After news broke yesterday of yet another hack of a cryptocurrency exchange in Japan, the country's police authority has released figures revealing the rise in such attacks this year.
According to a report from The Asahi Shimbun Thursday, the National Police Agency (NPA) has released data for the first six months of 2018 that reveal cyberattacks on crypto wallets and platforms tripled over the same period last year.
The NPA said that, through 158 cyber-breaches, hackers had stolen a massive 60.503 billion yen (around $540 million) worth of cryptocurrency. That figure puts the total for January through June 2017 in the shade – a period when $5.9 million in cryptos was stolen in 149 cases of theft.
As per the data, the majority of the losses for 2018's first half were stolen from exchange platforms, around $518 million. The remainder – just over $22 million – was taken from individuals' crypto wallets.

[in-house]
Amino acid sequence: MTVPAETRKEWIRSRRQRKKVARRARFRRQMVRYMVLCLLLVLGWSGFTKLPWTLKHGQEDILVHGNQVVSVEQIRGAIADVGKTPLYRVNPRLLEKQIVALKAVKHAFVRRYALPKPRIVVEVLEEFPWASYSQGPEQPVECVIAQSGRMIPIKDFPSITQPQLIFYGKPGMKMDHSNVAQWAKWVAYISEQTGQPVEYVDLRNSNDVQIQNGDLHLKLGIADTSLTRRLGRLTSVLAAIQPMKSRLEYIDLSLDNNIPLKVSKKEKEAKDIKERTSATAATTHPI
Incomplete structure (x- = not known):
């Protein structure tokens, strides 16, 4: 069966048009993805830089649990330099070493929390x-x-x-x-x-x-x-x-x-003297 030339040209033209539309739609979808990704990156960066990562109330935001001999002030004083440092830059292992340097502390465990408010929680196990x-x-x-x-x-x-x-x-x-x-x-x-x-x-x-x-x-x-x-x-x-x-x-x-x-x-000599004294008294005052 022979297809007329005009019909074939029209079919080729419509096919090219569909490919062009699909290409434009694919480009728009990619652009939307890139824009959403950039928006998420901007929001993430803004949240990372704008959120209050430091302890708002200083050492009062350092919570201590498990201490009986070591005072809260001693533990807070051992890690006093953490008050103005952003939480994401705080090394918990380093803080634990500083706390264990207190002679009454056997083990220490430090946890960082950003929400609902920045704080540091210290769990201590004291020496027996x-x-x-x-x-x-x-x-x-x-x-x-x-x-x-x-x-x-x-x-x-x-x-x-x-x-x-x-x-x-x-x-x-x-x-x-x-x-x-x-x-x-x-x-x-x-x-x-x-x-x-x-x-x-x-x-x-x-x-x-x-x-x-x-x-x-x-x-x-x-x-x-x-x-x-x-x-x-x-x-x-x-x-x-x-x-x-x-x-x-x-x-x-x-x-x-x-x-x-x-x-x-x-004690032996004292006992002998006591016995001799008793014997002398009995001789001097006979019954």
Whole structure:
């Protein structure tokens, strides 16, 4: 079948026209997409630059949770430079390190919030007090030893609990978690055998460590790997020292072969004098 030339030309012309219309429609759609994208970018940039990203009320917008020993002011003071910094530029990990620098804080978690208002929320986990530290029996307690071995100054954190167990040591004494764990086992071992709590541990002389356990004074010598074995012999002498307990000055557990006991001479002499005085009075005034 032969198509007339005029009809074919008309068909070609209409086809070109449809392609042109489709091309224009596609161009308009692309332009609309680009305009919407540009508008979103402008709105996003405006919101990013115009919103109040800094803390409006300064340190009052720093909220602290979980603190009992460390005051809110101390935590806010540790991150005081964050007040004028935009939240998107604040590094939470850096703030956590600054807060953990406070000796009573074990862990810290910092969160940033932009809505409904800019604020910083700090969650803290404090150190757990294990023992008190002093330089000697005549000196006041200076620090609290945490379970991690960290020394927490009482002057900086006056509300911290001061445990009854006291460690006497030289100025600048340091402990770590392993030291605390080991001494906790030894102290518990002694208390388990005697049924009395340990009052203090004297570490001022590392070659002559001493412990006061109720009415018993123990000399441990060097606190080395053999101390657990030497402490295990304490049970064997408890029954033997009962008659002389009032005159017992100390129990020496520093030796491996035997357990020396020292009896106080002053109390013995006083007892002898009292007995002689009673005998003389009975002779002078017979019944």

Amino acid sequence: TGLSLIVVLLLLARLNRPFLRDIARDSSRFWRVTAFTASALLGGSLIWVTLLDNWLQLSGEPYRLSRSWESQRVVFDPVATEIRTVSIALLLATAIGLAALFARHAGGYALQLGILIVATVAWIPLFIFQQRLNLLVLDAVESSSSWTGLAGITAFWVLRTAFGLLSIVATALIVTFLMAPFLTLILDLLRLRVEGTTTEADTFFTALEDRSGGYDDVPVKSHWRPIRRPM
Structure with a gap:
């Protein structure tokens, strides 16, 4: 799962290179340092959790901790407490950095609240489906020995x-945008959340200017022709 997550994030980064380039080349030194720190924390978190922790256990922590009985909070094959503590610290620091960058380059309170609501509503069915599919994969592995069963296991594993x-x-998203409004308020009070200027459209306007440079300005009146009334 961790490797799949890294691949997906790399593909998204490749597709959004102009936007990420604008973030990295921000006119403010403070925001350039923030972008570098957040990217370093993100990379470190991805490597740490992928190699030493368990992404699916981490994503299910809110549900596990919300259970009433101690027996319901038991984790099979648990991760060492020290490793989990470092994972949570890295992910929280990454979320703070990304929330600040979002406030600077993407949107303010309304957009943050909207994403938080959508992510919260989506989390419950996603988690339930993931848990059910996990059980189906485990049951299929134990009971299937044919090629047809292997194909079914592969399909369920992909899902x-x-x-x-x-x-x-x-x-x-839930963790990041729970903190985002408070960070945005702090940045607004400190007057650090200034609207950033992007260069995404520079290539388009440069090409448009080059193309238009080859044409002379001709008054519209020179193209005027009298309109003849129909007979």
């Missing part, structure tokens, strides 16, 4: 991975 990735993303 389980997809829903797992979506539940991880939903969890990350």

In what should be a lesson for us all in what not to do with your crypto accounts, the report said that, in over 60 percent of individual wallet breaches, the owners had used the same ID and password to protect their cryptocurrencies as they used for their e-mail and other Internet services.
The majority of the total for hacks at exchanges arose from the Coincheck exchange breach in January – possibly the worst hack ever – one that saw nearly $517 million stolen, according to the report's figures.
As a result, the report indicates that, while January to March saw around 76 percent of the total losses (120 cases), the number of thefts dropped off afterwards, with only 38 cases being reported.
In more detail provided by the NPA, NEM was the cryptocurrency most targeted by hackers, with $517 million taken in 36 breaches – with the vast majority having been stolen in the Coincheck hack.
Further, XRP to the value of $13.5 million was taken in 42 instances, and bitcoin worth $7.66 million was also stolen in 94 attacks.
Japanese yen image via Shutterstock
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